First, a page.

Method and network node for transmission coordination on wireless backhaul path

The disclosure provides a method (400) for transmission coordination on a wireless backhaul path. The wireless backhaul path comprises at least a network node and its upstream node and downstream node. The method comprises, at the network node: determining (S410) a subframe allocation for transmissions to and from the network node; and transmitting (S420) to the downstream node an instruction to insert a Guard Period (GP) into a first subframe from the downstream node to the network node based on the determined subframe allocation, so as to avoid interference on the first subframe from a subframe immediately following the first subframe.

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Description

TECHNICAL FIELD

The disclosure relates to communication technology, and more particularly, to a method and a network node for transmission coordination on a wireless backhaul path.

BACKGROUND

In order to meet the increasing demand on higher capacity and/or lower latency, Long Term Evolution (LTE) communication systems need to continuously evolve. The available frequency band for LTE evolution may be in the range from 10 GHz to 30 GHz. At such high frequency, path loss will be very high and coverage will be limited. Hence, a dense deployment of nodes will be desired. It is quite difficult to deploy fixed backhauls in such scenario. Instead, since the spectrum at such high frequency band is abundant, it will be very cost effective to adopt a self-backhaul scheme in which a backhaul link and an access link use the same frequency.

FIG. 1 shows a simplified example of such self-backhaul scheme. As shown in FIG. 1, a relay 102 (which is a self-backhaul node) is wirelessly connected to a donor evolved NodeB (eNB), which is in turn connected with a Core Network (CN) 106. The link between the relay 102 and the donor eNB 104 is referred to as a backhaul link of the relay 102, or an access link of the donor eNB 104. The relay 102 also serves a User Equipment (UE) 108. The link from the UE 108 to the relay 102 is referred to as an access link of the relay 102, or a backhaul link of the UE 108. The path from the UE 108 to the relay 102 and then to the donor eNB 104 can be referred to herein as a wireless backhaul path. On the wireless backhaul path, a direction from the node farthest from the CN 106 (i.e., the UE 108) to the node closest to the CN 106 (i.e., the donor eNB 104) is referred to herein as the upstream direction, and a direction from the node closest to the CN 106 (i.e., the donor eNB 104) to the node farthest from the CN 106 (i.e., the UE 108) is referred to herein as the downstream direction. Each node controls the transmission on its access link (if any) and has the transmission on its backhaul link (if any) controlled by its upstream node. It is assumed here that a Time Division Multiplexing (TDM) scheme is employed between the access link and the backhaul link of the relay 102. In the following, interference scenario related to the relay 102 will be discussed, without loss of generality.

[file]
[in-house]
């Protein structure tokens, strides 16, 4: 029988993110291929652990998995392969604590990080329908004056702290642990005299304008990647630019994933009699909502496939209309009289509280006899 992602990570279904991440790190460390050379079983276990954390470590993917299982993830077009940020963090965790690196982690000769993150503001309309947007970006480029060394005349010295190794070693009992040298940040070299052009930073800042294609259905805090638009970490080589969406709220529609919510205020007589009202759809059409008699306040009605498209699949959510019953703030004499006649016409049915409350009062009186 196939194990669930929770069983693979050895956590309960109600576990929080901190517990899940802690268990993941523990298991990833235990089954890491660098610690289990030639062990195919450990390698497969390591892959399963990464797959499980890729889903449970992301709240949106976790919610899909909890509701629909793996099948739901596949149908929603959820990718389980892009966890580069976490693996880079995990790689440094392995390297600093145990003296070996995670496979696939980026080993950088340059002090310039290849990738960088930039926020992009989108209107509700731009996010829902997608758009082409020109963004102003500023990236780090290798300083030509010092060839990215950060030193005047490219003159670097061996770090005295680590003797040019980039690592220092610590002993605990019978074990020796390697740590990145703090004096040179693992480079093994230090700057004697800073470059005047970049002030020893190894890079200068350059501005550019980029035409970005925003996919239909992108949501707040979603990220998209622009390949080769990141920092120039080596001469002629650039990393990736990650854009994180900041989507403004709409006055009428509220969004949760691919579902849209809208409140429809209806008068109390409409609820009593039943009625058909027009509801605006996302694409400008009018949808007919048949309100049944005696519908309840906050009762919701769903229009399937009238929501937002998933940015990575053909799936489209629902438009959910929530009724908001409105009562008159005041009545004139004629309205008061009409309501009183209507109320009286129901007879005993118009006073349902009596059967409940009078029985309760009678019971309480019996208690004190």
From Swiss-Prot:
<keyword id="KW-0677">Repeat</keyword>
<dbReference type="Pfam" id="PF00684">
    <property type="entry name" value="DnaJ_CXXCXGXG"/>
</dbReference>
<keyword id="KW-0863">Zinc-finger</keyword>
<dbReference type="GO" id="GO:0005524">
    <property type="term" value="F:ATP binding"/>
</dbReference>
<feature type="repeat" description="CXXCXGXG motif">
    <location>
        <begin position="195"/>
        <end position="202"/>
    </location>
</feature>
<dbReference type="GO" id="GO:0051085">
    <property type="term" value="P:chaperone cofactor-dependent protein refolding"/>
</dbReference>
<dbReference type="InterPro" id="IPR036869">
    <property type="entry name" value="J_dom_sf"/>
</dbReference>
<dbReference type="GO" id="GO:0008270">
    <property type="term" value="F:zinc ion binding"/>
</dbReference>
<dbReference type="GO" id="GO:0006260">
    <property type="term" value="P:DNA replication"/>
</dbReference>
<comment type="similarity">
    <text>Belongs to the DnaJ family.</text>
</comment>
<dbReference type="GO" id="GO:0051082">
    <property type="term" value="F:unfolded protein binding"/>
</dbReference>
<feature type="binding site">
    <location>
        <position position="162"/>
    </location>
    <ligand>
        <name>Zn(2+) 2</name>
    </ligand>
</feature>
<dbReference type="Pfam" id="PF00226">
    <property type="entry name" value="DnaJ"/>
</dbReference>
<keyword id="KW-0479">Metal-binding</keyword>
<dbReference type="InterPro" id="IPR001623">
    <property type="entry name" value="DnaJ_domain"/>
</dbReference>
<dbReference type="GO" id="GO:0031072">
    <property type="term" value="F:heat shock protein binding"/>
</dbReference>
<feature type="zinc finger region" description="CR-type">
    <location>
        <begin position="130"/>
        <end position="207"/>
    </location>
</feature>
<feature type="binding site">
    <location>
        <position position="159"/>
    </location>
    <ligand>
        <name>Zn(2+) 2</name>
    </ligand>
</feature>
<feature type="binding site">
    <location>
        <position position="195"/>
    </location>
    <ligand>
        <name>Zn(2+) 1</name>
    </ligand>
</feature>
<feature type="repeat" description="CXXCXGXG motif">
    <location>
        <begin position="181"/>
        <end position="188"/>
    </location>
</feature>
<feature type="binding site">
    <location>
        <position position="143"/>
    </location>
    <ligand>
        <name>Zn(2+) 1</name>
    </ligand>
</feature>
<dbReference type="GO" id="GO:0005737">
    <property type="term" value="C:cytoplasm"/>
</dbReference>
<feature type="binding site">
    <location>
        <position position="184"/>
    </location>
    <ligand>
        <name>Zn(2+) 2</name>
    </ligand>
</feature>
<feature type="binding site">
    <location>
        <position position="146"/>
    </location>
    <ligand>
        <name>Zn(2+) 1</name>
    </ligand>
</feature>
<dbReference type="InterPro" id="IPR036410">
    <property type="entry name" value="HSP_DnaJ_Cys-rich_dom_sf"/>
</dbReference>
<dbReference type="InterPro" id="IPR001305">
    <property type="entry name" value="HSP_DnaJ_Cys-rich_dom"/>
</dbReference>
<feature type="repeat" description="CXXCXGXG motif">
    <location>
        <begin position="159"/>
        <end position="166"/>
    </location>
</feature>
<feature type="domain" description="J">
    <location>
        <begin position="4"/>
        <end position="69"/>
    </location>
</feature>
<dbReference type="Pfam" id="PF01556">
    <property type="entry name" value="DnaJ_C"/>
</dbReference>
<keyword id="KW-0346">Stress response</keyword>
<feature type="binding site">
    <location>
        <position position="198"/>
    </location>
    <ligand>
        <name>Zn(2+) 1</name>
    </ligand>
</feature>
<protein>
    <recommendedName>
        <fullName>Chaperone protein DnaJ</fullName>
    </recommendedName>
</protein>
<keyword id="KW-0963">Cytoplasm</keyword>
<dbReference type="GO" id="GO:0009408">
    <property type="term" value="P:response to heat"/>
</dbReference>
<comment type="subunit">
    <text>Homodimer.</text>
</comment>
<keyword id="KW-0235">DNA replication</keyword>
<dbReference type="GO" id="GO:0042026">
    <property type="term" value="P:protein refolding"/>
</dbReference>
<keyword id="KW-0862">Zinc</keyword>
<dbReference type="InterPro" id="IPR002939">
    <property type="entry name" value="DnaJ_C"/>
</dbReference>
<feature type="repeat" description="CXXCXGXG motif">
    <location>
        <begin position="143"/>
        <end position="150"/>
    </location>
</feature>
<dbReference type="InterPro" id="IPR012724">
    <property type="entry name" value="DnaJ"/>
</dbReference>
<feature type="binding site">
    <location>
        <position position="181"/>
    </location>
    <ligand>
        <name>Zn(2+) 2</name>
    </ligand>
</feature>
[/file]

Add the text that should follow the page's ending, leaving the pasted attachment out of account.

FIG. 2 illustrates an interference scenario related to the relay 102 of FIG. 1. FIG. 2 shows four consecutive subframe (SF) periods #0˜#3. The dashed lines in FIG. 2 denote the reference timing that has been synchronized among the relay 102, the donor eNB 104 and the UE 108. The hatched bars in FIG. 2 denote subframes.

As shown in FIG. 2, at 201, the donor eNB 104 transmits a subframe #0 to the relay 102 within the SF period #0. Due to propagation delay between the donor eNB 104 and the relay 102, at 202, the subframe #0 is received by the relay 102. It can be seen from FIG. 2 that a portion of the received subframe #0 has intruded into the SF period #1. At 203, the relay 102 transmits a subframe #1 to the UE 108 within the SF period #1. Therefore, the portion of the received subframe #0 that has intruded into the SF period #1 overlaps the transmitted subframe #1 and thus suffers interference from the transmission of the subframe #1, as indicated by the arrow between the subframes #0 and #1.

At 204, the UE 108 transmits a subframe #2 to the relay 102. The subframe #2 is transmitted on the relay 102's access link and thus its transmission timing is controlled by the relay 102. According to a Timing Advance (TA) command from the relay 102, the UE 108 advances the transmission of the subframe #2 by an amount of TA1 with respect to the reference timing of the SF period #2, such that the subframe #2 can be received by the relay 102 within the SF period #2 at 205. At 206, the relay 102 transmits a subframe #3 to the donor eNB 104. The subframe #3 is transmitted on the relay 102's backhaul link and thus its transmission timing is controlled by the donor eNB 104. According to a TA command from the donor eNB 104, the relay 102 advances the transmission of the subframe #3 by an amount of TA2 with respect to the reference timing of the SF period #3, such that the subframe #3 can be received by the donor eNB 104 within the SF period #3 at 207. However, it can be seen from FIG. 2 that a portion of the subframe #3 has intruded into the SF period #2. Therefore, the portion of the subframe #3 that has intruded into the SF period #2 overlaps the subframe #2 and thus creates interference on the reception of the subframe #2, as indicated by the arrow between the subframes #2 and #3.

In order to solve such Tx-to-Rx interferences, it has been proposed to postpone the reference timing of the relay 102. FIG. 3 shows an exemplary situation when this proposal is applied to the scenario shown in FIG. 2. In FIG. 3, the dashed lines 310 denote the reference timing of the donor eNB 104 and the solid lines 320 denote the reference timing of the relay 102. Compared with the reference timing 310, the reference timing 320 is postponed by a timing offset that equals to the propagation delay between the relay 102 and the donor eNB 104. In addition to the SF periods #0˜#3 corresponding to the reference timing of the donor eNB 104, FIG. 3 shows SF periods #0′˜#3′ corresponding to the reference timing of the relay 102.